January 10, 2022
Smartphone apps that provide useful reminders can be a helpful tool for people in the earlier stages of Alzheimer’s disease, a new study reports. The study found that many older adults with mild dementia were able to use the apps, and most said the apps improved their daily lives.
Such apps could help people with mild Alzheimer’s disease to remember to take their daily medicines, for example; to show up for doctor appointments or social gatherings; or to make important calls to family members and friends. Such memory aides could be especially helpful for older people with Alzheimer’s who live at home and their caregivers.
“There is this pervasive notion that older adults dislike technology, said Michael K. Scullin of Baylor University, the lead author of the study, which looked at older adults with early dementia and other impairments in memory and thinking skills. “But we found that study participants enjoyed learning to use smartphone memory apps and were able to improve their daily prospective memory performance.” Prospective memory is the kind of memory that involves remembering to perform an intended task in the future, such as taking your medicine, brushing your teeth in the morning or remembering to call someone.
The study, published in the Journal of the American Geriatrics Society, involved 52 men and women with mild dementia or mild cognitive impairment, a memory-impairing brain disorder that may be a precursor to full-blown Alzheimer’s disease. They ranged in age from 55 to 92.
Over the next four weeks, study participants were trained to use either an automated reminder app, which pops up automatic reminders, or a digital voice recorder app on their smartphones, like the voice memo app on the iPhone. They were given step-by-step lessons on basic phone functionality, like how to turn the phone on, as well as how to launch the apps and to add voice “reminders.”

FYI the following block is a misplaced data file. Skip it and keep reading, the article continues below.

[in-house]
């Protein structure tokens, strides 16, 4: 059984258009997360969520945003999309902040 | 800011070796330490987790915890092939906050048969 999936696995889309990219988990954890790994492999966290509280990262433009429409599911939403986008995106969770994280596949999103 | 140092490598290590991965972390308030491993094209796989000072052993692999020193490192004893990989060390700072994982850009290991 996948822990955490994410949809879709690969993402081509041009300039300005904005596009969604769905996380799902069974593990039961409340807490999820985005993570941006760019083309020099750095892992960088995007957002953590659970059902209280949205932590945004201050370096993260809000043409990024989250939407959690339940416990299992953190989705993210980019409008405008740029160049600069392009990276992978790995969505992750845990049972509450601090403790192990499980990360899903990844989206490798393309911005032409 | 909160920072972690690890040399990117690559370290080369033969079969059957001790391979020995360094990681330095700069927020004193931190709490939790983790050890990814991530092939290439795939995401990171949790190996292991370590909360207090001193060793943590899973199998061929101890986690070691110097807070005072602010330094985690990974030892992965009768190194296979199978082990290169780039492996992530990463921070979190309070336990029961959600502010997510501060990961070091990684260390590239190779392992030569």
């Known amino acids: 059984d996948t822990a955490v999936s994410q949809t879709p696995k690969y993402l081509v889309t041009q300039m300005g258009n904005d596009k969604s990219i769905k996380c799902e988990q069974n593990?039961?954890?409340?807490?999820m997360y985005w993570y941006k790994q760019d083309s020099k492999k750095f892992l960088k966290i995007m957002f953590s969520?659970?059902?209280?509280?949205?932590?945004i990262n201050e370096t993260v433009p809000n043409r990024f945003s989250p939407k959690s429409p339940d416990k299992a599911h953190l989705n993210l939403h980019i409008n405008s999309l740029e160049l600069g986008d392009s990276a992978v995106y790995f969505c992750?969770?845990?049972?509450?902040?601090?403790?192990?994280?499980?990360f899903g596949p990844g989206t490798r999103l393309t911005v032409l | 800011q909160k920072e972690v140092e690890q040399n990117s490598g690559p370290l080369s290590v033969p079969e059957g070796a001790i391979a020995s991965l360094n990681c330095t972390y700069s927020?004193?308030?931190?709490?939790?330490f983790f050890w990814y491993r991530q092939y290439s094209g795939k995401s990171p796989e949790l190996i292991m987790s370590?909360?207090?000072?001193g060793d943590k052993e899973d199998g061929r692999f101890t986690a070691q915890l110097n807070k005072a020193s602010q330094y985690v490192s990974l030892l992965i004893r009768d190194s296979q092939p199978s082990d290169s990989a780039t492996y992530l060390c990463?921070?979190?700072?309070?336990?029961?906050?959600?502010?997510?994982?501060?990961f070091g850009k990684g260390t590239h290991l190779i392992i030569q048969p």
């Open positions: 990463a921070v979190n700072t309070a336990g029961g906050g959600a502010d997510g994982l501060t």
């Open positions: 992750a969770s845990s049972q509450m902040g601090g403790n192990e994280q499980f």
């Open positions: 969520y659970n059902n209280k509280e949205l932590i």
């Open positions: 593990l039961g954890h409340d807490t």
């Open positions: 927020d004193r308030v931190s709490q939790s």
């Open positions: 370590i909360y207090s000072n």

Twice a week, they were asked to remember to call one of the researchers involved in the experiment. They were also asked to take photos whenever they were at specific locales. The researchers also worked with participants and their caregivers to identify 7 to 10 daily activities that required regular “reminders.”
The researchers found that after the training, those who used the apps were successful in completing the memory tasks about 50 percent of the time. That compared to about 20 percent in earlier experiments that involved completing similar memory tasks but without the aid of apps.
In addition, more than 75 percent of the participants reported improvements in their ability to remember daily tasks, and they also gave higher ratings to their quality of life.
The researchers said that with training and patience, those with early Alzheimer’s can be taught to use smartphone reminder apps to help with daily memory lapses. Such apps may help not only with daily tasks, but they can also be a way for those with Alzheimer’s disease to stay socially connected with friends and family. Social stimulation, especially in person, has been shown in other studies to help to curb declines in cognitive function.
Dr. Scullin encouraged caregivers to take the time to teach those with early Alzheimer’s to use their phones and tablets to improve their ability to carry out day-to-day tasks. He noted that by the fourth week of the study, many of the participants benefitted from refresher training in how to effectively use the technology.
By ALZinfo.org, The Alzheimer’s Information Site. Reviewed by Marc Flajolet, Ph.D., Fisher Center for Alzheimer’s Research Foundation at The Rockefeller University.
Source: Michael K. Scullin PhD; Winston E. Jones, PhD; Richard Phenis PsyD; et al: “Using smartphone technology to improve prospective memory functioning: A randomized controlled trial.” Journal of the American Geriatrics Society, November 17, 2021. Baylor College of Medicine.